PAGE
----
In a recent study we have introduced a biomimetic system for reversibly driving intracellular phase separation in a spatiotemporally controlled manner using photo-induced oligomerization of weakly interacting proteins. We utilized the quantitative nature of this platform to map, for the first time, full intracellular phase diagrams, which deterministically dictate whether and how phase separation occurs and quantitatively describes how specific mutations and post-translational modification modulate the transition. Moreover, we show that while intracellular protein concentration may be insufficient for global phase separation, locally tuning the conjugation number of phase-separating proteins to slowly diffuse scaffolds can move the cell into a different region of the phase diagram, resulting in localized phase separation. We suggest that this diffusive capture mechanism liberates the cell from the constraints of global protein abundance and is likely exploited to pattern condensates associated with diverse biological processes.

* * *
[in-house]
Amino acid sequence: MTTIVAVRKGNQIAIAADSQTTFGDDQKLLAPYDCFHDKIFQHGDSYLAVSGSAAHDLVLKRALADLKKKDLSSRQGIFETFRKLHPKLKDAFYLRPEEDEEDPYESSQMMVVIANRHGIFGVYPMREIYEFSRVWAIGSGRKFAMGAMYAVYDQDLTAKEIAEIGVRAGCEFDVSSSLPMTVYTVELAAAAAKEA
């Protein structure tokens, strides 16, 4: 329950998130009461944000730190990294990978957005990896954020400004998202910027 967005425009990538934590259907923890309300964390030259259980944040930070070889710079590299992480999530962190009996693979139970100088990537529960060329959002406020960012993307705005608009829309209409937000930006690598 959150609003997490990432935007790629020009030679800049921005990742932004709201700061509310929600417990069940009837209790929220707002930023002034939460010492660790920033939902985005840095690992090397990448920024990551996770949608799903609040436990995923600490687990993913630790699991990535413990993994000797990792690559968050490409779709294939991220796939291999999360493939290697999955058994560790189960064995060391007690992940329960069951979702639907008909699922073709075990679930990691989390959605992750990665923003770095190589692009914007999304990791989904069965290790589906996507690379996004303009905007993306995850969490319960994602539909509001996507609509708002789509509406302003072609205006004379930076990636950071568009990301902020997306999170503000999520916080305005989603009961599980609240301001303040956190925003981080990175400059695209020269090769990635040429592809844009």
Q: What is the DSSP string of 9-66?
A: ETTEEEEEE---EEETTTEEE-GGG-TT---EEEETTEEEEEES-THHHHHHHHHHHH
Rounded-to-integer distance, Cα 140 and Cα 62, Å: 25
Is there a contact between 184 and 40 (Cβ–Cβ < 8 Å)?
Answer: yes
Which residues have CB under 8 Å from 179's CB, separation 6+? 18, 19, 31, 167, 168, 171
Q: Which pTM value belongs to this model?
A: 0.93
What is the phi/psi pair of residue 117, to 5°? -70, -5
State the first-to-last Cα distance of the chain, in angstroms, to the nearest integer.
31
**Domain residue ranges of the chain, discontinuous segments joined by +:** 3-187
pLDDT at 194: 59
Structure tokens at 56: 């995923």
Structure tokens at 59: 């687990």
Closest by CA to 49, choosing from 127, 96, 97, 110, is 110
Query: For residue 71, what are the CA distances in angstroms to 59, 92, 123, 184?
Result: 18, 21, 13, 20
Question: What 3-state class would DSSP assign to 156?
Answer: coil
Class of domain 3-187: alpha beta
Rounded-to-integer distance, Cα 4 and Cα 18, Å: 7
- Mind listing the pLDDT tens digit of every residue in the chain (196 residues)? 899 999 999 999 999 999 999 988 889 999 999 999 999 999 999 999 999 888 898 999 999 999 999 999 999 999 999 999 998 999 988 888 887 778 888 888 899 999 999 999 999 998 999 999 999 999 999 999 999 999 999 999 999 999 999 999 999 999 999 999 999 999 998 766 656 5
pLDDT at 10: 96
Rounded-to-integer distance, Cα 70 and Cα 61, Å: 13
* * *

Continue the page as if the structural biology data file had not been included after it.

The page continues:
Figure: Nucleus of a representative U2OS type cell (human bone cancer) undergoing phase separation. The transition from a uniform single-phase state (left) into a two-phase state, in which condensates of concentrated proteins (white blobs) coexist with their dilute surrounding, is initiated by blue light activation and lasts for two minutes. Scale bar is 10 µm.